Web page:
ABSTRACT: Colloidal gas aphron dispersions (CGAs) can be described as a system of microbubbles suspended homogenously in a liquid matrix. This work examines the performance of CGAs in comparison to surfactant solutions for washing low levels of arsenic from an iron rich soil. Sodium Dodecyl Sulfate (SDS) and saponin, a biodegradable surfactant, obtained from Sapindus mukorossi or soapnut fruit were used for generating CGAs and solutions for soil washing. Column washing experiments were performed in down-flow and up flow modes at a soil pH of 5 and 6 using varying concentration of SDS and soapnut solutions as well as CGAs. Soapnut CGAs removed more than 70% arsenic while SDS CGAs removed up to 55% arsenic from the soil columns in the soil pH range of 5-6. CGAs and solutions showed comparable performances in all the cases. CGAs were more economical since it contains 35% of air by volume, thereby requiring less surfactant. Micellar solubilization and low pH of soapnut facilitated arsenic desorption from soil column. FT-IR analysis of effluent suggested that soapnut solution did not interact chemically with arsenic thereby facilitating the recovery of soapnut solution by precipitating the arsenic. Damage to soil was minimal arsenic confirmed by metal dissolution from soil surface and SEM micrograph.
    Chemosphere 07/2014; 119C:355-362. · 3.50 Impact Factor
  • [Show abstract] [Hide abstract]
    ABSTRACT: Mining is a source of trace element contamination of neighbouring soils. This study determined the influence of soil amendments (iron oxides, Fe; organic matter, OM; and calcium phosphate, PCa) on arsenic uptake and translocation by tomato and parsley growth in an As-contaminated soil. The original contaminated soil without amendments was collected in the vicinity of the abandoned Santo António mine (Penedono, Portugal), which was a very important gold and arsenic mining centre in the middle fifties of the last century. An uncontaminated soil was also used as control. Growth parameters measured were plant height, length of 4th leaf (tomato only) and dry matter accumulation. Arsenic concentration in plant components was also determined, and human health risks related to the edible tissues were calculated. Results showed that arsenic availability in the soil varied with the amendments applied: OM and PCa increased arsenic availability, while the opposite effect was found with Fe (at 3 g kg− 1). Soil amended with iron oxides showed no positive effect on plant growth compared with the original soil with no amendments. Amongst all the amendments, OM led to the best results relatively to all growth parameters measured in tomato, including dry matter accumulation and fruit yield. Parsley growth was very small except in the PCa at 12 g kg− 1. Parsley translocated more arsenic to shoots, while tomato retained a greater proportion in roots. The health risk for adults and adolescents was within acceptable limits with an average weekly intake of 500 g of tomato and 20 g of parsley, although the arsenic concentration in edible tissues was still considerable greater than in plants grown in the uncontaminated control soil.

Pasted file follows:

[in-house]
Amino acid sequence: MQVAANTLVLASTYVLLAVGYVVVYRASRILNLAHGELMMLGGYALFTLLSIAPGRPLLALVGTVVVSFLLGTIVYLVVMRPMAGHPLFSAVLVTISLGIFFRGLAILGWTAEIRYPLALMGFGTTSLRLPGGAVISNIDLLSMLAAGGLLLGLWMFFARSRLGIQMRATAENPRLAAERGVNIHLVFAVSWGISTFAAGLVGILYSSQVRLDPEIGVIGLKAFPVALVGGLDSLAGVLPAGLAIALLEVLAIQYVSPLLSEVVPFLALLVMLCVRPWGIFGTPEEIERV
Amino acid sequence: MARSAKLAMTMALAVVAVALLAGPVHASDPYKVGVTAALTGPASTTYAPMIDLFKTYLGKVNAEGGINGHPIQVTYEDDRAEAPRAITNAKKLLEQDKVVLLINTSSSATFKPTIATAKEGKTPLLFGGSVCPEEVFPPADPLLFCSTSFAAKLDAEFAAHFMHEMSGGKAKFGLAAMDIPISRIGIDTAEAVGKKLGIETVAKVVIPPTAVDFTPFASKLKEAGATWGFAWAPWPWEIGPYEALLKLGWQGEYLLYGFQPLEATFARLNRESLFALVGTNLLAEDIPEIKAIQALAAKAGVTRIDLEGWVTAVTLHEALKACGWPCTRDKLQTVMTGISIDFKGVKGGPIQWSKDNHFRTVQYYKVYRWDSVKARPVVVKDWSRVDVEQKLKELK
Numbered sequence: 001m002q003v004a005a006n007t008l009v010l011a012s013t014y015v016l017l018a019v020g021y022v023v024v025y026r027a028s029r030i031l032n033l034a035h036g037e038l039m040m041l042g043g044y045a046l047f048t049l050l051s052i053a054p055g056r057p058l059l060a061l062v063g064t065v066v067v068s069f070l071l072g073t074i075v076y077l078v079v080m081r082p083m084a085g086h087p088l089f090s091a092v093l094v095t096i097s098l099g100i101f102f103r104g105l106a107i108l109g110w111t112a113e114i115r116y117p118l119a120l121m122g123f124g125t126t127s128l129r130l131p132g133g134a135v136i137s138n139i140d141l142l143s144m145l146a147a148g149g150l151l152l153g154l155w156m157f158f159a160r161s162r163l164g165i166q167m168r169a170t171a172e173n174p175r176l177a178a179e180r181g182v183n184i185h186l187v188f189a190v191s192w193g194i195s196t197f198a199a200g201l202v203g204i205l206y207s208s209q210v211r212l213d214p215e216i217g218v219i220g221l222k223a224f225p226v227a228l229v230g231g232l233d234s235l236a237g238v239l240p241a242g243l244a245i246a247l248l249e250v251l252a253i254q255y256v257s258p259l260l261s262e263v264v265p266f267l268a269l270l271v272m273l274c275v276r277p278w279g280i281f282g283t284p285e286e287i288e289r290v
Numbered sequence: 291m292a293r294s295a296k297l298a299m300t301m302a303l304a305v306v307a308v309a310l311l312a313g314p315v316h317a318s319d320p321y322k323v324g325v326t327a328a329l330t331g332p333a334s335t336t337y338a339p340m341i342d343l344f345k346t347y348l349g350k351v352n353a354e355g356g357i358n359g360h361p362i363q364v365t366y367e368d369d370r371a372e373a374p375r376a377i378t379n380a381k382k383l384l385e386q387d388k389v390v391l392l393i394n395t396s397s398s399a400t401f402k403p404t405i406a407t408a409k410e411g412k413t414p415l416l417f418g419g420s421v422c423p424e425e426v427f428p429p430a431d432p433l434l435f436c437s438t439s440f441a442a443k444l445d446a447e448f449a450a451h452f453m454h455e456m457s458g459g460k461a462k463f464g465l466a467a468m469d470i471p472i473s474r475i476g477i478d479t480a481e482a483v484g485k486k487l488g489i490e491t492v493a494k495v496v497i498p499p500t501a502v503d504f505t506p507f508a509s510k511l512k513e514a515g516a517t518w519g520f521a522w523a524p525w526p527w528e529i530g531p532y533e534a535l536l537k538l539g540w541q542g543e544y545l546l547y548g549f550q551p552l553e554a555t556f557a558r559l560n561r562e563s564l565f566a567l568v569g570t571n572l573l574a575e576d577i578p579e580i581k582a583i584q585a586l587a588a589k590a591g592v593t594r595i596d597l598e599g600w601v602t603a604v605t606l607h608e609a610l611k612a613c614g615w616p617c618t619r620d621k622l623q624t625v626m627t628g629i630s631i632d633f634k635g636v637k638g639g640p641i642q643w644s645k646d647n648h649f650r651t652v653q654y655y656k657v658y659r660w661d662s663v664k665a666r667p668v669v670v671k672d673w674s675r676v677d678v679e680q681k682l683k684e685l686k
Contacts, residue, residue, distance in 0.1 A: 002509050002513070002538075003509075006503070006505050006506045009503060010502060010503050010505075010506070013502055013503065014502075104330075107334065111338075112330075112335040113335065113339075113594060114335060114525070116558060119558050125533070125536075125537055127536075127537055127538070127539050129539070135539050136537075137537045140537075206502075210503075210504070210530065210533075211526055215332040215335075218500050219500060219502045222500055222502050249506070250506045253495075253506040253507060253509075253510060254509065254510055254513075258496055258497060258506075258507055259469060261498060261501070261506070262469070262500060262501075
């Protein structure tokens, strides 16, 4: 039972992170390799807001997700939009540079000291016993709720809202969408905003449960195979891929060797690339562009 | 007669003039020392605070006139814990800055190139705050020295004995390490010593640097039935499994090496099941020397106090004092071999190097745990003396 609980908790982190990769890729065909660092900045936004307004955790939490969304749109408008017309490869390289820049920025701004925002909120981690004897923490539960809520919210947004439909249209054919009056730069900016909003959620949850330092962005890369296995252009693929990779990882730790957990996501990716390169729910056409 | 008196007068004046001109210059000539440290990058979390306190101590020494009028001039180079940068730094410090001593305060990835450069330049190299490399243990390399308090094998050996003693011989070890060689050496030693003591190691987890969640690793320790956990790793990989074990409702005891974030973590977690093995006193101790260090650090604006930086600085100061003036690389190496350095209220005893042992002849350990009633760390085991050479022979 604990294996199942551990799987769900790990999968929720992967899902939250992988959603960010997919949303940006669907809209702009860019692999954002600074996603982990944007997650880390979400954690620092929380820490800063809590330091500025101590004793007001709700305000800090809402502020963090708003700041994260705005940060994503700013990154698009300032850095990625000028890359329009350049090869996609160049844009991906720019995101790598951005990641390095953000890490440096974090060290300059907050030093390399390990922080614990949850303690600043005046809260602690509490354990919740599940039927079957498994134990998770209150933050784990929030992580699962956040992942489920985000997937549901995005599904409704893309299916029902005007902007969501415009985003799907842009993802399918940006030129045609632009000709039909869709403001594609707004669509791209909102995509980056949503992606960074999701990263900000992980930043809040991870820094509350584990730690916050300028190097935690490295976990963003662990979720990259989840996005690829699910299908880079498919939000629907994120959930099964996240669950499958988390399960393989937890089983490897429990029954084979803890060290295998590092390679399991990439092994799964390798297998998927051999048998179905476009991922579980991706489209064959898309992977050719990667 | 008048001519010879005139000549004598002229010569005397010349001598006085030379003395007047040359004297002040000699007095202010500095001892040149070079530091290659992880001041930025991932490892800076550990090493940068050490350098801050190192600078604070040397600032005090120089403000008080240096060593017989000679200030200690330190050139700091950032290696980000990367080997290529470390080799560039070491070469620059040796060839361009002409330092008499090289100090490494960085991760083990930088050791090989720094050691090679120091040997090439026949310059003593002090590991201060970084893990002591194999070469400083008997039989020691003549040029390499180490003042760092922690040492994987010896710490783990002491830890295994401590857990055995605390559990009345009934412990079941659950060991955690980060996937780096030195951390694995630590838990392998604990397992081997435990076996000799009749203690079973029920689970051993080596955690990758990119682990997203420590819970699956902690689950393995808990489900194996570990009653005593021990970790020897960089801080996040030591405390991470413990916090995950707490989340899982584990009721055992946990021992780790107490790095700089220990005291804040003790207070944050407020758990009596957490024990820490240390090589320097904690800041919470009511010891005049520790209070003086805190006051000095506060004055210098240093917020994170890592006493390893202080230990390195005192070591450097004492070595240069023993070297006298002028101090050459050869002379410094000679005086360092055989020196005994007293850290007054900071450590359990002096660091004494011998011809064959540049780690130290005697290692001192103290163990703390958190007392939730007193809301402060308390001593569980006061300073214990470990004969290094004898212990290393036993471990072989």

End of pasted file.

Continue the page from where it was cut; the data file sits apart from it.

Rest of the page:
Journal of Geochemical Exploration 12/2012; 123:114–121. · 2.43 Impact Factor

Preview

Download
4 Downloads
Available from